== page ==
Saturday, 6 October 2012

Autumn and time for some quilting

There's definitely an Autumnal hint in the air now, and I've been wearing a lightweight woolly hat and my fingerless gloves in the mornings to work. On 1 October I hung my autumnal and Hallowe'en quilts around the house, to enjoy until the end of the month.  It's nice to be wearing the woollies again, but when I put away my summer clothes under the bed, I realised I hadn't even worn some of them.  It was such a cool and rainy summer.

This week I have knit 1.75 fingers on my Wedgewood Glove and have knit the button band on my Cityscape Cardigan.  I tried a few different buttonholes on a sample and couldn't come up with any that wouldn't gape because the buttonholes are vertical.  So I made a trip to McCulloch and Wallis on my lunch hour, which is a big haberdashery store just off Oxford Street, and picked up some cotton grosgrain ribbon to back the bands with.  Hopefully I can line up buttonholes in the grosgrain with the knitted buttonholes and stop them gaping so much. In the end I used the one-row buttonhole from an Elizabeth Zimmerman video that I have, which seems sturdy but still gapes under sideways pressure.

Commuter knitting has been the Ginkgo/Gingko Shawl  (I can never remember how to spell that) and I am just knitting the final full unit (21st).  Once that is done, I will start the seven partial units.  I've been reading ahead about the method for sewing the units together, which sounds dreadful and involves trying to stitch curved edges to live stitches held on a straight needle. There aren't many projects on Ravelry for this, but two of those have chosen different sewing methods and I think I will as well.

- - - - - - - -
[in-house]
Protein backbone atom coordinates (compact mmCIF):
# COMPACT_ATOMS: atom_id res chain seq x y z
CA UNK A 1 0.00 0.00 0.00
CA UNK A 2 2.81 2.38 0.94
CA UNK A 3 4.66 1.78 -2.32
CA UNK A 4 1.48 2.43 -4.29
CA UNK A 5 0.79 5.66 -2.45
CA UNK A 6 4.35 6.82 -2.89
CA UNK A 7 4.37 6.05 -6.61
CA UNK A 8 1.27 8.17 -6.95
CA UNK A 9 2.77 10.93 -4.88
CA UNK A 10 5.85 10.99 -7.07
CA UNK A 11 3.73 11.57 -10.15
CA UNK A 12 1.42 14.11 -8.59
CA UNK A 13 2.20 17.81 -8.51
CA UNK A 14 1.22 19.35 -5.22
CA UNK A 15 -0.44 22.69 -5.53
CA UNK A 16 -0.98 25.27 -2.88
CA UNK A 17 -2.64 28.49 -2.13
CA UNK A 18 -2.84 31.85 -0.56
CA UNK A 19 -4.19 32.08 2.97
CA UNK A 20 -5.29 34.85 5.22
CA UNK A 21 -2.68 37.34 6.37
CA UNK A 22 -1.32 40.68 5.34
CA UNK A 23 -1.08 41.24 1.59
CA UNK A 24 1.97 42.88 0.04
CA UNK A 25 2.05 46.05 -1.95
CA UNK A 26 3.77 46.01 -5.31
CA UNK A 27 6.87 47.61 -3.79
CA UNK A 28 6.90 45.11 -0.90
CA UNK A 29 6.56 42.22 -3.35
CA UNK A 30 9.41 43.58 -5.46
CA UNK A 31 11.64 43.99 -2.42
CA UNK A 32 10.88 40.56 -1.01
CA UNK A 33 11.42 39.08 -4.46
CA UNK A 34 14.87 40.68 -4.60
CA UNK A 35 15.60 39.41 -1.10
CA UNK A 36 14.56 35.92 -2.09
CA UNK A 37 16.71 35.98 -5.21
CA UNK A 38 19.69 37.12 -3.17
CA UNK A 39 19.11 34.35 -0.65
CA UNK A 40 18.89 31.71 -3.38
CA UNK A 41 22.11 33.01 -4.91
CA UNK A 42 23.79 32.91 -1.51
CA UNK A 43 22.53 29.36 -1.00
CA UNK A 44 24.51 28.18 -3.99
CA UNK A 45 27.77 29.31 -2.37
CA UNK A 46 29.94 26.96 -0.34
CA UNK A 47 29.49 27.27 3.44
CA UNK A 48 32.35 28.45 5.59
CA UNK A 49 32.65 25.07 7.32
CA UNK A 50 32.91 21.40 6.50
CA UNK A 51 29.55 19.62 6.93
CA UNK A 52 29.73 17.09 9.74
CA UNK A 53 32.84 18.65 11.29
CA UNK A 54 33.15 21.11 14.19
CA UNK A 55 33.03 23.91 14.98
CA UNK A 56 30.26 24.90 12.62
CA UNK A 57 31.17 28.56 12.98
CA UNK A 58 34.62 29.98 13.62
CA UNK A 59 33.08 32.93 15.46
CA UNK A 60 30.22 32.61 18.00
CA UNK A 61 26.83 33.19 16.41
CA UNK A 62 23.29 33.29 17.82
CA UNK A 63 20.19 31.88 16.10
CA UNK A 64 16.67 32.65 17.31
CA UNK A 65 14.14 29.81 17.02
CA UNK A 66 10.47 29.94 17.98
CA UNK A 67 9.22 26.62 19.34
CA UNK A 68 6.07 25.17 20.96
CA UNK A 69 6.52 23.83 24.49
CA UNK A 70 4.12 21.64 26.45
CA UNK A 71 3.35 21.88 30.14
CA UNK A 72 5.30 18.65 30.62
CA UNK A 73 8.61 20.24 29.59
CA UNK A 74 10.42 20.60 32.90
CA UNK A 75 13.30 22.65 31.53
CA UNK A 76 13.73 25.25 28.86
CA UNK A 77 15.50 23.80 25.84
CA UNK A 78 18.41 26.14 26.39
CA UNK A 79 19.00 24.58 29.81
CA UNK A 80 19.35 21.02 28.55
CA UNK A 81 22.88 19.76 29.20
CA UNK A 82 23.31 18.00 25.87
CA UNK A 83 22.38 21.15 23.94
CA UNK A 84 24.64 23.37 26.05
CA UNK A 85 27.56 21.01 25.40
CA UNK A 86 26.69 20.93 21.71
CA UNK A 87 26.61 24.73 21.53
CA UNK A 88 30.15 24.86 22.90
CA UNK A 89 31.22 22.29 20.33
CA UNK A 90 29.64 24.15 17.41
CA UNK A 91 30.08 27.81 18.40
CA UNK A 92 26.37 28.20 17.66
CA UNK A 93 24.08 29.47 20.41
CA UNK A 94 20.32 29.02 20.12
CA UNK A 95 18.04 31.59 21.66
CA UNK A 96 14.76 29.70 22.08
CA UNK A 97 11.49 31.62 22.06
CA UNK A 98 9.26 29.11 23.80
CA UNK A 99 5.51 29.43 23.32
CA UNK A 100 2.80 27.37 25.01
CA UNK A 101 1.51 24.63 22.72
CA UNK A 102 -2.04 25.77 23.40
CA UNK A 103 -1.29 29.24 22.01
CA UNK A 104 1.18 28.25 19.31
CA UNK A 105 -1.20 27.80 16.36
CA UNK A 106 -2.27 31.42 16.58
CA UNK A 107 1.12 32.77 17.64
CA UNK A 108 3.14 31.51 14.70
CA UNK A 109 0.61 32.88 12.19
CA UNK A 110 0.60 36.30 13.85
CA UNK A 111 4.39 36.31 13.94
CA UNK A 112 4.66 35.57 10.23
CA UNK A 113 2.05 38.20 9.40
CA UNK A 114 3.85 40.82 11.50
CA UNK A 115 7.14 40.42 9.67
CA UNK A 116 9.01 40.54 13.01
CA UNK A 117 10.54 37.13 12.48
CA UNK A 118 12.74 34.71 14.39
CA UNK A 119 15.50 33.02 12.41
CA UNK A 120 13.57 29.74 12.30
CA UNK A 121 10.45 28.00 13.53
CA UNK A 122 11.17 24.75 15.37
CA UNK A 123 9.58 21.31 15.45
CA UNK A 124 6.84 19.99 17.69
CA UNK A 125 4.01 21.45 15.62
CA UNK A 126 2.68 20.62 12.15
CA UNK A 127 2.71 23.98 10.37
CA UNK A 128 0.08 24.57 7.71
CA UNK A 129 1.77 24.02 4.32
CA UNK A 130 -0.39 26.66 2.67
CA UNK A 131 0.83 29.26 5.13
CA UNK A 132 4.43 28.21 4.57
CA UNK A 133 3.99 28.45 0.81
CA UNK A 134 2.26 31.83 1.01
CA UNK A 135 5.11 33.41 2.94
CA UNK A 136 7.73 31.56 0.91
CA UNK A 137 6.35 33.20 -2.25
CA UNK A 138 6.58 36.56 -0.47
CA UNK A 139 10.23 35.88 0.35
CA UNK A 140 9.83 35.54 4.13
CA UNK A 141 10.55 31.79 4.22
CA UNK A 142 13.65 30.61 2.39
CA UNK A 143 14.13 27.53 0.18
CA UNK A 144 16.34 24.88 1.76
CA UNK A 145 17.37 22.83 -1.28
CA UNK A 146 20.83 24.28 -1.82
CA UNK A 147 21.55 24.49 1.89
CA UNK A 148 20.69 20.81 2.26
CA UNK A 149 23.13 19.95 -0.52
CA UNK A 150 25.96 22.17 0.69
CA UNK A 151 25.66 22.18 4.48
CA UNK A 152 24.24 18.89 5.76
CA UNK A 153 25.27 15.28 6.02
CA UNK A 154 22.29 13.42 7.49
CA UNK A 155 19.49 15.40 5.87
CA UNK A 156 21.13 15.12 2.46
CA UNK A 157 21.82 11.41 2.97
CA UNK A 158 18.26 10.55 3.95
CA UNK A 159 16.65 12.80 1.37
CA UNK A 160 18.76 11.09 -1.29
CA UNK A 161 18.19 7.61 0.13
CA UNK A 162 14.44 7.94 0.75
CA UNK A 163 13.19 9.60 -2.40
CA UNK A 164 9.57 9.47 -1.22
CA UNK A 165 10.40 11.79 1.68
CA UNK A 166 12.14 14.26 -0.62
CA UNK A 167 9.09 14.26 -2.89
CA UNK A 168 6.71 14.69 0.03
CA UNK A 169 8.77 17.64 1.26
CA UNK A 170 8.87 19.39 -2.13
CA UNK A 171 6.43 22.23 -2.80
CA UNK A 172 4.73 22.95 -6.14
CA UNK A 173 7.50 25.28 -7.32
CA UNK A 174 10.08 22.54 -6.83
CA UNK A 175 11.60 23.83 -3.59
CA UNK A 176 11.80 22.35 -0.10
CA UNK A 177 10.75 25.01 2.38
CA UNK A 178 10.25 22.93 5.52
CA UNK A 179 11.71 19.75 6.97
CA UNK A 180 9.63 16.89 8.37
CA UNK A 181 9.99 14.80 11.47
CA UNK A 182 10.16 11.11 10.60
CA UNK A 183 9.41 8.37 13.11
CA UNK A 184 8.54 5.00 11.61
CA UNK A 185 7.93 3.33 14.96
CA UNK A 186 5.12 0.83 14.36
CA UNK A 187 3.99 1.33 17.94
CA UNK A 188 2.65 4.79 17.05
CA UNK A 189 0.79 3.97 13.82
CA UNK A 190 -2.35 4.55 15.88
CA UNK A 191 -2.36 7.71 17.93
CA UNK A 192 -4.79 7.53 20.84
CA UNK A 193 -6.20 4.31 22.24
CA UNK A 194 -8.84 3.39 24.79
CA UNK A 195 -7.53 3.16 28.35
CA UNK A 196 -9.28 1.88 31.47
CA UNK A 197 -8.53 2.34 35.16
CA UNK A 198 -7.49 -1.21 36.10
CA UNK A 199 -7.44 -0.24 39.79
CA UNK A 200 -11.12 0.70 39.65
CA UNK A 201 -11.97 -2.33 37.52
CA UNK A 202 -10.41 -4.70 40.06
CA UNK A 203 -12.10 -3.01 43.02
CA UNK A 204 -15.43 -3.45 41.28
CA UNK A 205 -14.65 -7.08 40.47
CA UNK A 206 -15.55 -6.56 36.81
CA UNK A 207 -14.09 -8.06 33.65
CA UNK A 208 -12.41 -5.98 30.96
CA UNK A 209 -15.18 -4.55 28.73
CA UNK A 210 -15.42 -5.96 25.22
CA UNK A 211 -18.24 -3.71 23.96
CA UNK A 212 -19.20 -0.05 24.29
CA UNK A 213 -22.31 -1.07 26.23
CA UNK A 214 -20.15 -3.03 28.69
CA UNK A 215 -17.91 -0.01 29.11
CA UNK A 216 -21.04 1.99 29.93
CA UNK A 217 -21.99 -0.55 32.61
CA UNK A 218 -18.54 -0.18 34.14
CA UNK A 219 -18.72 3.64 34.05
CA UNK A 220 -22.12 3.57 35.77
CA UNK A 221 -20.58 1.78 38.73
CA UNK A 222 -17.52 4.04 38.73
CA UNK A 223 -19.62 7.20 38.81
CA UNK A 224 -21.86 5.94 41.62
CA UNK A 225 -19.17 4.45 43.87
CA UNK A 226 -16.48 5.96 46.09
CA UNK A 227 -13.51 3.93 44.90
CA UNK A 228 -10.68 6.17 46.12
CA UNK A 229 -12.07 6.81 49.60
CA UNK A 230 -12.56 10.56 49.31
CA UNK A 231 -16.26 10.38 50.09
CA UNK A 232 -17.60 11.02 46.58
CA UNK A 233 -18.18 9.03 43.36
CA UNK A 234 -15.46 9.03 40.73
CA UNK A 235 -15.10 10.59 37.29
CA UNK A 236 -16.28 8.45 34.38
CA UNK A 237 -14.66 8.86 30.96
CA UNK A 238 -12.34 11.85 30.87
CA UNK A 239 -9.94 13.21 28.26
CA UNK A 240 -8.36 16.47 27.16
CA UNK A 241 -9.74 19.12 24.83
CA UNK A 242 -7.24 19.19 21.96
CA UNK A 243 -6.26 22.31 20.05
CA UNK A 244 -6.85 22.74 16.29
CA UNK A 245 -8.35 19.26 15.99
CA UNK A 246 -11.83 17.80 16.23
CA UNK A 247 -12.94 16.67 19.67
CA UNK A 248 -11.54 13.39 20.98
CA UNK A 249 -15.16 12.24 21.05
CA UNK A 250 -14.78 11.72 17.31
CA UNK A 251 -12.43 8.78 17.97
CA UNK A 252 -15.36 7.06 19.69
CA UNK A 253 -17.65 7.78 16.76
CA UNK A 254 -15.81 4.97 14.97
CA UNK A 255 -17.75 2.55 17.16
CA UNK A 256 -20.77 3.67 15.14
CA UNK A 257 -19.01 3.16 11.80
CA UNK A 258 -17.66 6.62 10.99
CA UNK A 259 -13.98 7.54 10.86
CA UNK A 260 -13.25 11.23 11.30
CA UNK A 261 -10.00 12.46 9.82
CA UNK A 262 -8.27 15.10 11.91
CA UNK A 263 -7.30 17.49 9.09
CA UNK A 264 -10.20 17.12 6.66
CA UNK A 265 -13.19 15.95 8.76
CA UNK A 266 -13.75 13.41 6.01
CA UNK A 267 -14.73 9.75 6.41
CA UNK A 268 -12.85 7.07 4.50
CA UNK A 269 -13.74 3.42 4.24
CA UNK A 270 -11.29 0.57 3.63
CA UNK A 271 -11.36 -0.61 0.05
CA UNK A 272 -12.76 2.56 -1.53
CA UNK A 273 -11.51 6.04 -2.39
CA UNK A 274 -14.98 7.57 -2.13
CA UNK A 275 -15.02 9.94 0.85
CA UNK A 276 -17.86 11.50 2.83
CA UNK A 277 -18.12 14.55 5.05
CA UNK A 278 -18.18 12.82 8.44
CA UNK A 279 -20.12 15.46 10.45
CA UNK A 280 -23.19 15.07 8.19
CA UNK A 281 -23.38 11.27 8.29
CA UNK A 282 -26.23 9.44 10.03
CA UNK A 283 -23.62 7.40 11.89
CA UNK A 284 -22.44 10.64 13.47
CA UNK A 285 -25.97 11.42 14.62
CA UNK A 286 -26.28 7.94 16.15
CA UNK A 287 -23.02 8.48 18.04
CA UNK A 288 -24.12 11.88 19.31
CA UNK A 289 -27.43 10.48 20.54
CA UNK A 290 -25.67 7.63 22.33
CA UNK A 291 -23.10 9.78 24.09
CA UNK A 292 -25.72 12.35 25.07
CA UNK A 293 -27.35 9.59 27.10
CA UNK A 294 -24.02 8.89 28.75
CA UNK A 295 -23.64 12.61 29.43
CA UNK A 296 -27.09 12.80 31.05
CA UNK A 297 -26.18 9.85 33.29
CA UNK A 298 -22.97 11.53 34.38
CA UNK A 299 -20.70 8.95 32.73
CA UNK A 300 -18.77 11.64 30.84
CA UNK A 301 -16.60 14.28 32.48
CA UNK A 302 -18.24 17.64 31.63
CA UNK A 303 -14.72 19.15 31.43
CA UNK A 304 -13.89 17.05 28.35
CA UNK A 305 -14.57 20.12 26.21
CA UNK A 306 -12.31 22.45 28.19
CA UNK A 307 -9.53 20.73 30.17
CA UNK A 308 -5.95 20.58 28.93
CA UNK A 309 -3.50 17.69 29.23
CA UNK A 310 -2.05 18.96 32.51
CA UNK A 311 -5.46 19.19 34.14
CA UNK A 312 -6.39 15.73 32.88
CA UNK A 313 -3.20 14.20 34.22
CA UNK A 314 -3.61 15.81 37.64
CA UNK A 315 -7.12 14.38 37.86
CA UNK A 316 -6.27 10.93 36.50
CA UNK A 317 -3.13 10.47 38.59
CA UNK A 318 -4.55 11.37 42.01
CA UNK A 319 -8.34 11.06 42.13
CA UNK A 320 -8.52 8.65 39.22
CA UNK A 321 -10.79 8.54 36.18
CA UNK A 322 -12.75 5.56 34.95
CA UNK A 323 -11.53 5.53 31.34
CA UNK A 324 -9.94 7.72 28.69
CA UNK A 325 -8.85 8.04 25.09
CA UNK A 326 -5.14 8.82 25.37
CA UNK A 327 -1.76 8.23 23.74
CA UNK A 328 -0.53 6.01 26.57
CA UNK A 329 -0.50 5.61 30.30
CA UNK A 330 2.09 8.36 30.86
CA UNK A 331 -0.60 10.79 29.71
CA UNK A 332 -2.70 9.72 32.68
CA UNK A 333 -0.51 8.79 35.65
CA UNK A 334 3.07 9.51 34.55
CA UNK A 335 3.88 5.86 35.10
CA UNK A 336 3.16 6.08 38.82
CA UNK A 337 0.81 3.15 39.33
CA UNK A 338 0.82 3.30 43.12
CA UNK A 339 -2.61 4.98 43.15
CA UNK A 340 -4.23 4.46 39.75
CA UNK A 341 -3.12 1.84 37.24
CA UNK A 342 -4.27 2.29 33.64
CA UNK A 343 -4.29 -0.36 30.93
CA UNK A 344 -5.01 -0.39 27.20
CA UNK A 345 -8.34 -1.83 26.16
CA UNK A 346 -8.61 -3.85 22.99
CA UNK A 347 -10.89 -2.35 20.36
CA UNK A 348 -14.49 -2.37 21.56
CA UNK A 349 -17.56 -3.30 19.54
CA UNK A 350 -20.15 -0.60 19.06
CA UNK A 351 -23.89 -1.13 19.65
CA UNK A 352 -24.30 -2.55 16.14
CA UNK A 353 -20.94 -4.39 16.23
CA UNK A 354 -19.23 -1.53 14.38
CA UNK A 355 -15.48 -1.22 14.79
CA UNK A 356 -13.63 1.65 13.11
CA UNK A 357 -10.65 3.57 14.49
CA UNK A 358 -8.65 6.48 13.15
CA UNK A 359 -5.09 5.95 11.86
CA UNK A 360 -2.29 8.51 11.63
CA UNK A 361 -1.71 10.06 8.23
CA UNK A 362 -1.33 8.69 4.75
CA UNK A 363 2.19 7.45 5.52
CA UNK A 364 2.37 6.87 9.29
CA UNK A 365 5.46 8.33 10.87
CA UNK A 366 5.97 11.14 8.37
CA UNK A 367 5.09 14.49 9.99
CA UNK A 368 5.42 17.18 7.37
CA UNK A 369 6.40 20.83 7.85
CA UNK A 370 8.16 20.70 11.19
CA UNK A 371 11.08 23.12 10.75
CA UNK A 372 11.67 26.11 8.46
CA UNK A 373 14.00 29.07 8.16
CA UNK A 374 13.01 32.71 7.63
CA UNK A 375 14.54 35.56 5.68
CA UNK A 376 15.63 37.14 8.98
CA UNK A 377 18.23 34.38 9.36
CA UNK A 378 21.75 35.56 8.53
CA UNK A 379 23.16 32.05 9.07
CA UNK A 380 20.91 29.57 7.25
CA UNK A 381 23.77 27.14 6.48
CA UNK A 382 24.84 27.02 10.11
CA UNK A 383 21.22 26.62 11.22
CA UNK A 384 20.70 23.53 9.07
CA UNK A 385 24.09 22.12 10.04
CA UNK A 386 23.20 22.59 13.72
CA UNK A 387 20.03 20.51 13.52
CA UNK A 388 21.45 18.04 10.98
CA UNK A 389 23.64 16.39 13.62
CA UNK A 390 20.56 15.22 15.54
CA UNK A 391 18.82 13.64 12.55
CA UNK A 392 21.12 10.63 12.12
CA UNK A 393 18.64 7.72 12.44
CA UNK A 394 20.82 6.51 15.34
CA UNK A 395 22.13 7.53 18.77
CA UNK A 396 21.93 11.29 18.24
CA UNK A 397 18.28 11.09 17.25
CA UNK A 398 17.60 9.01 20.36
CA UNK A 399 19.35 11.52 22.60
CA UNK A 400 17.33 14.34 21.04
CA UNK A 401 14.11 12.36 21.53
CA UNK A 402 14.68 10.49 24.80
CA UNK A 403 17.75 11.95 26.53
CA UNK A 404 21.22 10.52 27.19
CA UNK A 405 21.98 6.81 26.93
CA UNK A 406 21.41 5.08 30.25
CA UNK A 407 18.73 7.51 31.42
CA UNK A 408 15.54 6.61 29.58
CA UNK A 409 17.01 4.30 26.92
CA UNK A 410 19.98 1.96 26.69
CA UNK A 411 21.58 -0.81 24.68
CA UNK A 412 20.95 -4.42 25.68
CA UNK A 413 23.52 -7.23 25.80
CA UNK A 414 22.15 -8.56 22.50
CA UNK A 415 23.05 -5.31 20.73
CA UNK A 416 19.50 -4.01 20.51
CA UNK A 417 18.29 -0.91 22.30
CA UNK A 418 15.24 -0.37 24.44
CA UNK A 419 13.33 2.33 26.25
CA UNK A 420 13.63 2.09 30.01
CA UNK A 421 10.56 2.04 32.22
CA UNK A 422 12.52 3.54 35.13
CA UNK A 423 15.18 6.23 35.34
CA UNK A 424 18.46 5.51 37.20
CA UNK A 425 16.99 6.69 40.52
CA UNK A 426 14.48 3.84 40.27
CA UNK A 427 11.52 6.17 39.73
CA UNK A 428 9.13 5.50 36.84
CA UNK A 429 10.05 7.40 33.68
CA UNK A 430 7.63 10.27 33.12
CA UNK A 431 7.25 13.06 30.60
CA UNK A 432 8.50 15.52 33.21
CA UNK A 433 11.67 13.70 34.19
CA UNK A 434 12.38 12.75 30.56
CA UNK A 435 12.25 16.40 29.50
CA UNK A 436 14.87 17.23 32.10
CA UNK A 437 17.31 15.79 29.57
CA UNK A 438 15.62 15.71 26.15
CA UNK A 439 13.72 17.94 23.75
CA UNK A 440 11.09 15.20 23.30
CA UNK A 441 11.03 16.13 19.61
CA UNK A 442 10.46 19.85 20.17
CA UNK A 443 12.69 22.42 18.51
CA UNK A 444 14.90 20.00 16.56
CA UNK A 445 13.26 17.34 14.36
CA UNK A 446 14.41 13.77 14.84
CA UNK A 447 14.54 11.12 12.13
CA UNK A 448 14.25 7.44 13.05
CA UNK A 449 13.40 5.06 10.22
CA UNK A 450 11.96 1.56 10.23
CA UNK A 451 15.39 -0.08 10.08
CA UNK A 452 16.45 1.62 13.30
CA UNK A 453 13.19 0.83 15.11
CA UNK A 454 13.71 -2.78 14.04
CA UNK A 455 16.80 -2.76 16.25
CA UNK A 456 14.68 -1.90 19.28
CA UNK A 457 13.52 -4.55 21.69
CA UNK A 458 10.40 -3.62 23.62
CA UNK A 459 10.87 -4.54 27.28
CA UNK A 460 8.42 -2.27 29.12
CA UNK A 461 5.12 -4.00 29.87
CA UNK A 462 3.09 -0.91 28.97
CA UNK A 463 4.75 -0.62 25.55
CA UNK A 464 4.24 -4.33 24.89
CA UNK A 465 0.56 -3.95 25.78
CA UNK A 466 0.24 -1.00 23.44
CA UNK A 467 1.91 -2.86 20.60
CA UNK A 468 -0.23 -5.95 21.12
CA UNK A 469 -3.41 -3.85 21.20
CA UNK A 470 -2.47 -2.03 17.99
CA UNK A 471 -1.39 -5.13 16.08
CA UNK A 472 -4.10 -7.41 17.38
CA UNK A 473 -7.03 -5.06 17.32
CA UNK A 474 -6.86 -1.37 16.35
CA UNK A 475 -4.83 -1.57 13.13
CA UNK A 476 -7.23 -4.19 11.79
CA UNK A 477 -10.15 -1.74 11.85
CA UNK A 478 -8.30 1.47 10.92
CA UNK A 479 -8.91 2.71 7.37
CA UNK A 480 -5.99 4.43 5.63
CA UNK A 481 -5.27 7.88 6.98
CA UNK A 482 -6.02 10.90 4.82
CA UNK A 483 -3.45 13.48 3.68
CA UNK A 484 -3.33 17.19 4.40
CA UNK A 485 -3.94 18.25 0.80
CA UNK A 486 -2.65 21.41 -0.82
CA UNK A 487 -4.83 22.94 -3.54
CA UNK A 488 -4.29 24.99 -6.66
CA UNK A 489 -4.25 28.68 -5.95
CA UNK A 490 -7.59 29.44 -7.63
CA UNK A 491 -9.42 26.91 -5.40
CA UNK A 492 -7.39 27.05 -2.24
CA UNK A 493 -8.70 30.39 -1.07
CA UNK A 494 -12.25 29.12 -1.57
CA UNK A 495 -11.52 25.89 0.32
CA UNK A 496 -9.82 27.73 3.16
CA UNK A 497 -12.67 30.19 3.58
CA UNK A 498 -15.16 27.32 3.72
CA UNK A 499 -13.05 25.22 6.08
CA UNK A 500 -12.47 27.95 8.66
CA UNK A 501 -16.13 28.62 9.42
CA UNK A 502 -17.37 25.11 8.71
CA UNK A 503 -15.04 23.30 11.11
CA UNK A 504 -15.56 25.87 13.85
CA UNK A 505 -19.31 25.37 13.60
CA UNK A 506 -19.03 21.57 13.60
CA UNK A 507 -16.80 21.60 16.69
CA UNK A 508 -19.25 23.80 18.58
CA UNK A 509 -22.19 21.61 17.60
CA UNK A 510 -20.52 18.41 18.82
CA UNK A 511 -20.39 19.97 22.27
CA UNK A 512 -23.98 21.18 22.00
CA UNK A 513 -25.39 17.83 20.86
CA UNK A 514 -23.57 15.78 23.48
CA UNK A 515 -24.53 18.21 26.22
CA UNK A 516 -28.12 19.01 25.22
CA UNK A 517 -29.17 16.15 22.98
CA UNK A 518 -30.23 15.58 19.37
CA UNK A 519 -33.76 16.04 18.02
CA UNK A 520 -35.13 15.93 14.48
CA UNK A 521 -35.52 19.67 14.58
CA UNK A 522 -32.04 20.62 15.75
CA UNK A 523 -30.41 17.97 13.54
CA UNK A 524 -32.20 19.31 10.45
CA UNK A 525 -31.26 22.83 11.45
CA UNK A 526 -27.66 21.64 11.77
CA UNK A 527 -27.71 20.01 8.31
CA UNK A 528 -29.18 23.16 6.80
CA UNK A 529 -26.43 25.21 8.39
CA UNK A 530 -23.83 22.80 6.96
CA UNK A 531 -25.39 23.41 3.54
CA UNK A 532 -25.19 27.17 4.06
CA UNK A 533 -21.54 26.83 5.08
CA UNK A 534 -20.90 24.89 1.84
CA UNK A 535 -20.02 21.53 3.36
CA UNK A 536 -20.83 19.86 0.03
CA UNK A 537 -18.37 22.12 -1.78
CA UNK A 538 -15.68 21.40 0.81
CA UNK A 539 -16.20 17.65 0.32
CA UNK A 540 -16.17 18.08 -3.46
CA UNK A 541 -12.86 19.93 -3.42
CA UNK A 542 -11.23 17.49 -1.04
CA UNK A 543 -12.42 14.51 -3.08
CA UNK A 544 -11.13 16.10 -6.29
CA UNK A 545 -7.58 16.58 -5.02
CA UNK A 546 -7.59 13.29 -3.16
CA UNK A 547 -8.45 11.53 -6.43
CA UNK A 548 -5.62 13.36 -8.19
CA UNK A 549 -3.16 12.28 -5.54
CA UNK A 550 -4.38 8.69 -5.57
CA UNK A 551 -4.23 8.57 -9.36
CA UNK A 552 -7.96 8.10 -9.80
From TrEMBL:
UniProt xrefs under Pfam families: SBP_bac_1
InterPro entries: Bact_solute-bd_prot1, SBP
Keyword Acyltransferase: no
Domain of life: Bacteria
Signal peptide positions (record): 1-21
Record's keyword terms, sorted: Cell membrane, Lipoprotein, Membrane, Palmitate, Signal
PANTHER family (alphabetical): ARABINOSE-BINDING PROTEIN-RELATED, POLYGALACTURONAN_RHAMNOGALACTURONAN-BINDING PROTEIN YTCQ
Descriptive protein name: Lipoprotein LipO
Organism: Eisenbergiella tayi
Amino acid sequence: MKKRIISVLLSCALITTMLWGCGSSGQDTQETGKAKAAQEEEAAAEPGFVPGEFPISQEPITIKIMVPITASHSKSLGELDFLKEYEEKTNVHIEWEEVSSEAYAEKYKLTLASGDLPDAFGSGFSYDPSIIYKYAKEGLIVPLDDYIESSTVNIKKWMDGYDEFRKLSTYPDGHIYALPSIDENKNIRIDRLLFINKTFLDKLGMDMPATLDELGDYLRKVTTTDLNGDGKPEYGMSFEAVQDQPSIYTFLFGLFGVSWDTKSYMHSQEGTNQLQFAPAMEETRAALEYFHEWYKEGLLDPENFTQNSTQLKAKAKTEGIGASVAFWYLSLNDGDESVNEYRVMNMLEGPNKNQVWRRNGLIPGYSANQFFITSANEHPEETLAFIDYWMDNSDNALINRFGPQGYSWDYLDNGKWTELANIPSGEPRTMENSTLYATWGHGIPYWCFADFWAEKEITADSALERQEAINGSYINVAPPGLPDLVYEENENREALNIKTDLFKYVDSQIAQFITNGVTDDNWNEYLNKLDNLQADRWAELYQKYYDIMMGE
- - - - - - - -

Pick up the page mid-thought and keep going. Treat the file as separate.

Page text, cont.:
Because it is October, I realised I finally had to stop procrastinating and get the quilt frame up, because otherwise it wouldn't be down in time for Christmas.  I don't want to wait until after Christmas because I am still hoping that we will be putting our house on the market next summer so we will be starting to prepare for that in the spring.

First job was to make room for the frame, by dismantling DH's desk and stashing it behind the dining table in the kitchen.

Next job was to find all the bits for the frame, which were variously squirrelled away in the attic, behind wardrobes, in cupboards and under beds.


Two hours later, after lots of perusing of directions and trying to differentiate between screws that were 2mm longer than other screws, we got to this stage:


I've stopped there for now because I'm exhausted.  Next step will be to get the Pfaff GrandQuilter machine out and give it an oil, and wind some bobbins.  DH was a big help, it's definitely a two person job putting this together.  Hopefully this week I will get the machine going and a practice top onto the frame to start recovering my quilting mojo.